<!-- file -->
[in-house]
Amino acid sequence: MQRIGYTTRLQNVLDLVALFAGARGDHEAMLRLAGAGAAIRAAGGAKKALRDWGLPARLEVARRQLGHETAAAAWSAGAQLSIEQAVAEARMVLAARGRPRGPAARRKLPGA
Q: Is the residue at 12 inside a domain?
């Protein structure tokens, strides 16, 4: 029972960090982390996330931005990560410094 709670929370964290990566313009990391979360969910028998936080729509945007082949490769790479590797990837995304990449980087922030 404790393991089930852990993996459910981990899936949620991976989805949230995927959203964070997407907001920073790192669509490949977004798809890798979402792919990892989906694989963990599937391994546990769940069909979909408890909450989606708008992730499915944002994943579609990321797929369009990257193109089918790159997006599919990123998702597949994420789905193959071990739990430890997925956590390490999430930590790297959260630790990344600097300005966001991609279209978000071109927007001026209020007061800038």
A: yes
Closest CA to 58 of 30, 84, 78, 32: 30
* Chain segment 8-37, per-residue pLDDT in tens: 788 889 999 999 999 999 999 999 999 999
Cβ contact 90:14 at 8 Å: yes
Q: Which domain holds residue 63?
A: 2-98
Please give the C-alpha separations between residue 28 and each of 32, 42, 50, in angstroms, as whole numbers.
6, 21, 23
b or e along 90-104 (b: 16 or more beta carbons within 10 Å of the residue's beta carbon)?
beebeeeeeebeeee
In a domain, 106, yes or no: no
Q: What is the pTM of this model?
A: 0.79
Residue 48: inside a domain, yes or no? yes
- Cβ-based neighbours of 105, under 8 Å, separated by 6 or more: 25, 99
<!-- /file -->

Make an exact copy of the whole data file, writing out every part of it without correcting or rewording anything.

[in-house]
Amino acid sequence: MQRIGYTTRLQNVLDLVALFAGARGDHEAMLRLAGAGAAIRAAGGAKKALRDWGLPARLEVARRQLGHETAAAAWSAGAQLSIEQAVAEARMVLAARGRPRGPAARRKLPGA
Q: Is the residue at 12 inside a domain?
């Protein structure tokens, strides 16, 4: 029972960090982390996330931005990560410094 709670929370964290990566313009990391979360969910028998936080729509945007082949490769790479590797990837995304990449980087922030 404790393991089930852990993996459910981990899936949620991976989805949230995927959203964070997407907001920073790192669509490949977004798809890798979402792919990892989906694989963990599937391994546990769940069909979909408890909450989606708008992730499915944002994943579609990321797929369009990257193109089918790159997006599919990123998702597949994420789905193959071990739990430890997925956590390490999430930590790297959260630790990344600097300005966001991609279209978000071109927007001026209020007061800038």
A: yes
Closest CA to 58 of 30, 84, 78, 32: 30
* Chain segment 8-37, per-residue pLDDT in tens: 788 889 999 999 999 999 999 999 999 999
Cβ contact 90:14 at 8 Å: yes
Q: Which domain holds residue 63?
A: 2-98
Please give the C-alpha separations between residue 28 and each of 32, 42, 50, in angstroms, as whole numbers.
6, 21, 23
b or e along 90-104 (b: 16 or more beta carbons within 10 Å of the residue's beta carbon)?
beebeeeeeebeeee
In a domain, 106, yes or no: no
Q: What is the pTM of this model?
A: 0.79
Residue 48: inside a domain, yes or no? yes
- Cβ-based neighbours of 105, under 8 Å, separated by 6 or more: 25, 99